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Can You Solve the Frog Riddle?

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In this riddle from TED-Ed, you're in a sticky situation. You're stranded in a rainforest and have accidentally eaten a poisonous mushroom. To survive the poison, you need to lick a very particular frog. But which frog is it?

You can watch the video below for more details, or read this description. The problem is simple: You are poisoned and you know that a particular species of frog produces the antidote, which will cure you if you lick it. But to make things more complex, you know that only female frogs of the species have the antidote—males do not. In this frog species, males and females look identical but males have a distinctive croak. (Males and females also occur in identical proportion in this species.) In one direction, you see a single frog. In another, a group of two frogs sitting together.

From the direction of the two frogs, you hear that distinctive "male frog" croak. Uh-oh! One of those two is definitely male.

As the poison sets in, you have to make a logical decision. You need to find a female frog with the antidote. Are your odds better going toward the group of two (one of which is definitely male), or toward the single unknown frog? And what are those odds, anyway?

Note that in this riddle you are not guaranteed to survive. You're just trying to take your best shot.

So which to choose, and why?

Watch the video below for a discussion of the problem and how the math stacks up behind one of the choices.

For more resources, consult this TED-Ed page. Once you've solved it (or if you've given up), you might also be interested in this related math problem.

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See If You Can Solve This Tricky Coin-Flipping Riddle
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Make sure your head is in working order before trying to solve this riddle from TED-Ed, because it's a stumper.

Here's the scenario: You're an explorer who's just stumbled upon a trove of valuable coins in a remote dungeon. Each coin has a gold side and a silver side, each with an identical scorpion seal. The wizard who guards the coins agrees to let you have them, but he won't let you leave the room unless you separate the hoard into two piles with an equal number of coins with the silver side facing up in each. You've just counted the total number of silver-side-up coins—20—when the lights go out. In the dark, you have no way of knowing which half of a coin is silver and which half is gold. How do you divide the pile without looking at it?

As TED-Ed explains, the task is fairly easy to complete, no psychic powers required. All you need to do is remove any 20 coins from the pile at random and flip them over. No matter what combination of coins you choose, you will suddenly have a number of silver-side-up coins that's equal to whatever is left in the pile. If every coin you pulled was originally gold-side-up, flipping them would give you 20 more silver-side-up coins. If you chose 13 gold-side-up coins and seven of the silver-side coins, you'd be left with 13 silver coins in the first pile and 13 silver ones in your new stack after flipping it over.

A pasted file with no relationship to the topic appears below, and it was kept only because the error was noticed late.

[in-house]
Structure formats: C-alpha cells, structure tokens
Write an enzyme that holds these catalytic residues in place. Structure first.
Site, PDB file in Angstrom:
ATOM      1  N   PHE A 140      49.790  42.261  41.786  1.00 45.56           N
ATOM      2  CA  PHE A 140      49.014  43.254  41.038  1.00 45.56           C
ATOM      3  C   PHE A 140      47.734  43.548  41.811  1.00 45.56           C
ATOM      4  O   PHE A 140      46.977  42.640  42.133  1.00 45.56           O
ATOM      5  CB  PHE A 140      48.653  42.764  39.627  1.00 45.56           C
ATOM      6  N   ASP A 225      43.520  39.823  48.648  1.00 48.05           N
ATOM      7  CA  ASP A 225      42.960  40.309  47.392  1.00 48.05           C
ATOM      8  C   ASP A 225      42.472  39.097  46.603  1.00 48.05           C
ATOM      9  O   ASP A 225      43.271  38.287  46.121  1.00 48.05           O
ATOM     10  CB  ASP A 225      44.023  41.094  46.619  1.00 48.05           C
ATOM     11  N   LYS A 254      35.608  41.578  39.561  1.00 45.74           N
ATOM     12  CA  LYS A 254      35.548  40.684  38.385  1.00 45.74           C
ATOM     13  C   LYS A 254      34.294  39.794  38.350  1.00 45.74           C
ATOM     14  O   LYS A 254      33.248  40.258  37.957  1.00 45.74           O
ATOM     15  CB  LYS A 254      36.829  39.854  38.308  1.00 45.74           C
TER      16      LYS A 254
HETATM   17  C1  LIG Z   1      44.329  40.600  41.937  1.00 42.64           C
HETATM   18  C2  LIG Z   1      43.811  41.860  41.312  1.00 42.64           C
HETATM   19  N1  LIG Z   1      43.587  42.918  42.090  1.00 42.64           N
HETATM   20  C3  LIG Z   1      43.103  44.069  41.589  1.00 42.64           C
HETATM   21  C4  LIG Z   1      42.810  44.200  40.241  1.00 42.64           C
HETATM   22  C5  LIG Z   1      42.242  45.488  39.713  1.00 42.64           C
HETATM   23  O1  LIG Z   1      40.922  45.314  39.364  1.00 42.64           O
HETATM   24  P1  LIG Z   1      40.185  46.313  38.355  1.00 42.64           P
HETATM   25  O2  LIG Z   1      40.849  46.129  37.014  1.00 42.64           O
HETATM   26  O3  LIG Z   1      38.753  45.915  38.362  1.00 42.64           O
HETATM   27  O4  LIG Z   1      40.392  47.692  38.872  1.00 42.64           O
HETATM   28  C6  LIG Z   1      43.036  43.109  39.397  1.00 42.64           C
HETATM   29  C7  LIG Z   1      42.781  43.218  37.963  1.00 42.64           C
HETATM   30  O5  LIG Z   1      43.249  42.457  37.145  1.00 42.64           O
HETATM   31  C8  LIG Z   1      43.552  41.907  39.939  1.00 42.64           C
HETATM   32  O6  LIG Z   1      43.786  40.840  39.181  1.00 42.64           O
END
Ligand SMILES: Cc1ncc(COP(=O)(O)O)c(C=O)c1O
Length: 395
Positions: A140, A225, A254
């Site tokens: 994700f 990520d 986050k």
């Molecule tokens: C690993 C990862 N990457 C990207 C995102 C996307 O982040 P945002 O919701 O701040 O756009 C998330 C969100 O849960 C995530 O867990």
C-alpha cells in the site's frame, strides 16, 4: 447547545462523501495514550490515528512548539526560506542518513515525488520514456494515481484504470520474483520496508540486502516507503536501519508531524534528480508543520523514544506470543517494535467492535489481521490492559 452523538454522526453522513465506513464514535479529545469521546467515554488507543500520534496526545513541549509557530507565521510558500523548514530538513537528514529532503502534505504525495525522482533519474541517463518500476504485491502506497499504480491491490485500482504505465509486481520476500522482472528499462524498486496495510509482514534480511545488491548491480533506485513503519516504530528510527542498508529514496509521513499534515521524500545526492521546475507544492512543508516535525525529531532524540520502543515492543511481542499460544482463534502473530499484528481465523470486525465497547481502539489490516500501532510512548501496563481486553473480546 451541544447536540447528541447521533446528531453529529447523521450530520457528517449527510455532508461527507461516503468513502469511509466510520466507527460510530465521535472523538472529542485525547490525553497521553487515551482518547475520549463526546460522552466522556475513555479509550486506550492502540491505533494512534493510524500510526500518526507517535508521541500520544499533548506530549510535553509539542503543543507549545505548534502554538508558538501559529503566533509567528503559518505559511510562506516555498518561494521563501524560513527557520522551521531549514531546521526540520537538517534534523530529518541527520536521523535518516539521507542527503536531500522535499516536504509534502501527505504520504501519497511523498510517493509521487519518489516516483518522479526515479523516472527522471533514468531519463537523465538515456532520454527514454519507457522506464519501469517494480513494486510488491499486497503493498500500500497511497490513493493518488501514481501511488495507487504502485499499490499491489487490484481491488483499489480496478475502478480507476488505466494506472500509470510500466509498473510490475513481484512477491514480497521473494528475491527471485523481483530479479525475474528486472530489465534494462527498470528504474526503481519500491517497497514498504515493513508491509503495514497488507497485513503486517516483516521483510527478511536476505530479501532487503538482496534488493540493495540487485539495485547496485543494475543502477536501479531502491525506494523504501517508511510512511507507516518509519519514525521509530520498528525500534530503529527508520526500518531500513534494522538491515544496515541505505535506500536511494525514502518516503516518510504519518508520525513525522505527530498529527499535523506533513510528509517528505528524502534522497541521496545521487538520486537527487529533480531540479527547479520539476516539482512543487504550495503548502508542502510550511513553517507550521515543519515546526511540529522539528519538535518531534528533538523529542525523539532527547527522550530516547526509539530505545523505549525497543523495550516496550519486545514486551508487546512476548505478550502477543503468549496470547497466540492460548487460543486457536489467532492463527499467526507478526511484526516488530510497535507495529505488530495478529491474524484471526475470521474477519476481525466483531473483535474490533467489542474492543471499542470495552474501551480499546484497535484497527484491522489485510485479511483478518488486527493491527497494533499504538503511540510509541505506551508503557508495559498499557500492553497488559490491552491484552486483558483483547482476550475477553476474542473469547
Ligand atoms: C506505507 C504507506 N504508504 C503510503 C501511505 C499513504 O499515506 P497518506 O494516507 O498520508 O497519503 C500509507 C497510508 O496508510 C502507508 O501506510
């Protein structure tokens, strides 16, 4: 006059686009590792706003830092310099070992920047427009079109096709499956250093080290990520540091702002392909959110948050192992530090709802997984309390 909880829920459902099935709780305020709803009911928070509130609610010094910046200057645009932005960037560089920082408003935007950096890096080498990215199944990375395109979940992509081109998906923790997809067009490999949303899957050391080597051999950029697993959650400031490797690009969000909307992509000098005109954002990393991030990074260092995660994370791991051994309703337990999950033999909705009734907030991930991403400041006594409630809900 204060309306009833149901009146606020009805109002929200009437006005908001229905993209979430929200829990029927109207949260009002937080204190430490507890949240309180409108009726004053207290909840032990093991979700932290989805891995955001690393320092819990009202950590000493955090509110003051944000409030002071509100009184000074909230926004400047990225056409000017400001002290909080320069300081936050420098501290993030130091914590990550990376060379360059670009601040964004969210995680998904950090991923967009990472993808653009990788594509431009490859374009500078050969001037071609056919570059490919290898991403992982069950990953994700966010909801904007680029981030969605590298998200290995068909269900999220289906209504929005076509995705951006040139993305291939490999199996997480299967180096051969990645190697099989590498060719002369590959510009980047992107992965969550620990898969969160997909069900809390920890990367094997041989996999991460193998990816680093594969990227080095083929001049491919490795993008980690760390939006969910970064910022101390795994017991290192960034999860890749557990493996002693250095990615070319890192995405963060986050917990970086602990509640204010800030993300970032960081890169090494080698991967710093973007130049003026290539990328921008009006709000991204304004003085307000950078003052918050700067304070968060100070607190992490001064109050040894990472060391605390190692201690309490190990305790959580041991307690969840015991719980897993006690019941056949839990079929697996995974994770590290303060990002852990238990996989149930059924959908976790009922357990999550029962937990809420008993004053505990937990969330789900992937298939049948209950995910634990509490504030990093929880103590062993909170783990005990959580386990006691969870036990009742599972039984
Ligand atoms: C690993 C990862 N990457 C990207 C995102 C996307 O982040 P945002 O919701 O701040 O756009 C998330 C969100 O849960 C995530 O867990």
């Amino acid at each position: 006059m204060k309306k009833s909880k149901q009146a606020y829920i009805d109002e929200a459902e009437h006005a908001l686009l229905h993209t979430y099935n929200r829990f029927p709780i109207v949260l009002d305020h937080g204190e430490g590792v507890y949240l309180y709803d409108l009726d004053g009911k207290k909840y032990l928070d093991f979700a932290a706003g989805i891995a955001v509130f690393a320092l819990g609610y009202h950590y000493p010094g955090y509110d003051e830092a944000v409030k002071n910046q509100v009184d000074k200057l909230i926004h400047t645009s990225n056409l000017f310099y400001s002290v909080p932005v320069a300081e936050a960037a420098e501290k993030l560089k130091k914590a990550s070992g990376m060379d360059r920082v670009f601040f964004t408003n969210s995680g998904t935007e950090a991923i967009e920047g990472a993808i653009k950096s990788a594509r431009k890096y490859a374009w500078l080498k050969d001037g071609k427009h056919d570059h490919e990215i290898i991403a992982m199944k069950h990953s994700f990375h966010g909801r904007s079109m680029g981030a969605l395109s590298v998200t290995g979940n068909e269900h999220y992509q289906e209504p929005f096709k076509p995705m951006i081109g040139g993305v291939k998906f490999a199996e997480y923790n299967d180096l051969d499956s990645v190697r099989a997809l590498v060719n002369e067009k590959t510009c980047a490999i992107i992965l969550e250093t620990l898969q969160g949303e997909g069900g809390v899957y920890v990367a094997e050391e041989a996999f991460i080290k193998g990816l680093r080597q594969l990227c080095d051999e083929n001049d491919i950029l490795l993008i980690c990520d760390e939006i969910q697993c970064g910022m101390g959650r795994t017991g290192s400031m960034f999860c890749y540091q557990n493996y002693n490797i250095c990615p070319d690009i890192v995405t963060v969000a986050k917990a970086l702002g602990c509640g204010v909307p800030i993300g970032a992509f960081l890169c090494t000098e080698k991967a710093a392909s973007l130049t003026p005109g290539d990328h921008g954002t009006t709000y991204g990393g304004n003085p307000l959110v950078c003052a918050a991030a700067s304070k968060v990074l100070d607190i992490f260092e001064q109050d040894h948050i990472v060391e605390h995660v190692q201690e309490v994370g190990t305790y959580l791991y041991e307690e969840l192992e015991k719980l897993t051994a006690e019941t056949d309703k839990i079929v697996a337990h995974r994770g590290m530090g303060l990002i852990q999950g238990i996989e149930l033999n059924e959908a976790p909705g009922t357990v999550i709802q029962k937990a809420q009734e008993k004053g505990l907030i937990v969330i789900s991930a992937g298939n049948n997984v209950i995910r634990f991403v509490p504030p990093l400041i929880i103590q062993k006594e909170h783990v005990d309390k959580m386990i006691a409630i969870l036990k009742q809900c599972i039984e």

The solution is simple, but the algebra behind it may take a little more effort to comprehend. For the full explanation and a bonus riddle, check out the video from TED-Ed below.

[h/t TED-Ed]

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No One Can Figure Out This Second Grade Math Problem
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Angie Werner got a lot more than she bargained for on January 24, when she sat down to help her 8-year-old daughter, Ayla, with her math homework. As Pop Sugar reports, the confusion began when they got to the following word problem:

“There are 49 dogs signed up to compete in the dog show. There are 36 more small dogs than large dogs signed up to compete. How many small dogs are signed up to compete?”

Many people misread the problem and thought it was a trick question: if there are 36 more small dogs and the question is how many small dogs are competing, then maybe the answer is 36?

Wrong!

Frustrated by the confusing problem, Angie took to a private Facebook group to ask fellow moms to weigh in on the question, which led to even more confusion, including whether medium-sized dogs should somehow be accounted for. (No, they shouldn’t.) Another mom chimed in with an answer that she thought settled the debate:

"Y'all. A mom above figured it out. We were all wrong. If there is a total of 49 dogs and 36 of them are small dogs then there are 13 large dogs. That means 36 small dogs subtracted by 13 large dogs then there are 23 more small dogs than large dogs. 36-13=23. BOOM!!! WOW! Anyone saying there's half and medium dogs tho just no!"

It was a nice try, but incorrect. A few others came up with 42.5 dogs as the answer, with one woman explaining her method as follows: "49-36=13. 13/2=6.5. 36+6.5=42.5. That's how I did it in my head. Is that the right way to do it? Lol I haven't done math like this since I was in school!"

Though commenters understandably took issue with the .5 part of the answer—an 8-year-old is expected to calculate for a half-dog? What kind of dog show is this?—when Ayla’s teacher heard about the growing debate, she chimed in to confirm that 42.5 is indeed the answer, but that the blame in the confusion rested with the school. "The district worded it wrong,” said Angie. “The answer would be 42.5, though, if done at an age appropriate grade."

Want to try another internet-baffling riddle?


Here's the answer.

[h/t: Pop Sugar]

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